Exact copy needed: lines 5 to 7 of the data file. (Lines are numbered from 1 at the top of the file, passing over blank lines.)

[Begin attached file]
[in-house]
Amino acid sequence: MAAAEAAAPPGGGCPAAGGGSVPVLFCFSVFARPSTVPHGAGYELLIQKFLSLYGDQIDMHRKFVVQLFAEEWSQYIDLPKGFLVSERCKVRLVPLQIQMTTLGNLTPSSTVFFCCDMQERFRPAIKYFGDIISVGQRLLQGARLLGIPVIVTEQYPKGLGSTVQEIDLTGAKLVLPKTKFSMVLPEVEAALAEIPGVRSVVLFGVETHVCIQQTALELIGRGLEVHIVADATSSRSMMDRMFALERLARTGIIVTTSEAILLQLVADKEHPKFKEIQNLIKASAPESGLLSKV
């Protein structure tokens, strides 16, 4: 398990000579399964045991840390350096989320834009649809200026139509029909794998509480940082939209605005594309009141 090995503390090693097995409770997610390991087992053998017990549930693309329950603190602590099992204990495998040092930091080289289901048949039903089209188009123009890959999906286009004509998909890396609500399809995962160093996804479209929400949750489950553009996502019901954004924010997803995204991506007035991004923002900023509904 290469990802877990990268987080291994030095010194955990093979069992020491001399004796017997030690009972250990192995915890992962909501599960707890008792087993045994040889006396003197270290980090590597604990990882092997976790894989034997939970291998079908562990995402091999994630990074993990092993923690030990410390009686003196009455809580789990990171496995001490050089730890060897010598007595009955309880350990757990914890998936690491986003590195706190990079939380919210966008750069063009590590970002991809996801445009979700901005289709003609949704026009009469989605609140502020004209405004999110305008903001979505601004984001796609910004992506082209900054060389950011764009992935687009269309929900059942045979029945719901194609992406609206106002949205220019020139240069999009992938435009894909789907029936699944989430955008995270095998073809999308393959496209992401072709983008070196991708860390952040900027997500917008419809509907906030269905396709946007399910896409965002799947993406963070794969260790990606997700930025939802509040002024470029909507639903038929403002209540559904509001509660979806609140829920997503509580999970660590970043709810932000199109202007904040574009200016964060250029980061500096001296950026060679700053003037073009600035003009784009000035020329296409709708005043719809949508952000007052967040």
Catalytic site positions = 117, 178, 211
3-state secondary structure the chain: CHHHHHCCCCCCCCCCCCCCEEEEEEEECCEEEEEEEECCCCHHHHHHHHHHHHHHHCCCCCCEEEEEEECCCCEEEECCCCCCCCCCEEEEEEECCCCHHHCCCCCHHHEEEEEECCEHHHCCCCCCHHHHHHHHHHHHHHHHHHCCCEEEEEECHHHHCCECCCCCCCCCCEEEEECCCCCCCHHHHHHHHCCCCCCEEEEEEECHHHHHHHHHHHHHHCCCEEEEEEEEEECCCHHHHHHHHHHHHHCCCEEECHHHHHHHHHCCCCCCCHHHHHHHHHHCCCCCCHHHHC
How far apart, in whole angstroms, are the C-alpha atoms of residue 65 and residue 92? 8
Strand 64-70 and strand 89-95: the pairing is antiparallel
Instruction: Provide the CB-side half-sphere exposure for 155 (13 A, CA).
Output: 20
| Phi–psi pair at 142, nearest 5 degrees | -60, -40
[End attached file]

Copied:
3-state secondary structure the chain: CHHHHHCCCCCCCCCCCCCCEEEEEEEECCEEEEEEEECCCCHHHHHHHHHHHHHHHCCCCCCEEEEEEECCCCEEEECCCCCCCCCCEEEEEEECCCCHHHCCCCCHHHEEEEEECCEHHHCCCCCCHHHHHHHHHHHHHHHHHHCCCEEEEEECHHHHCCECCCCCCCCCCEEEEECCCCCCCHHHHHHHHCCCCCCEEEEEEECHHHHHHHHHHHHHHCCCEEEEEEEEEECCCHHHHHHHHHHHHHCCCEEECHHHHHHHHHCCCCCCCHHHHHHHHHHCCCCCCHHHHC
How far apart, in whole angstroms, are the C-alpha atoms of residue 65 and residue 92? 8
Strand 64-70 and strand 89-95: the pairing is antiparallel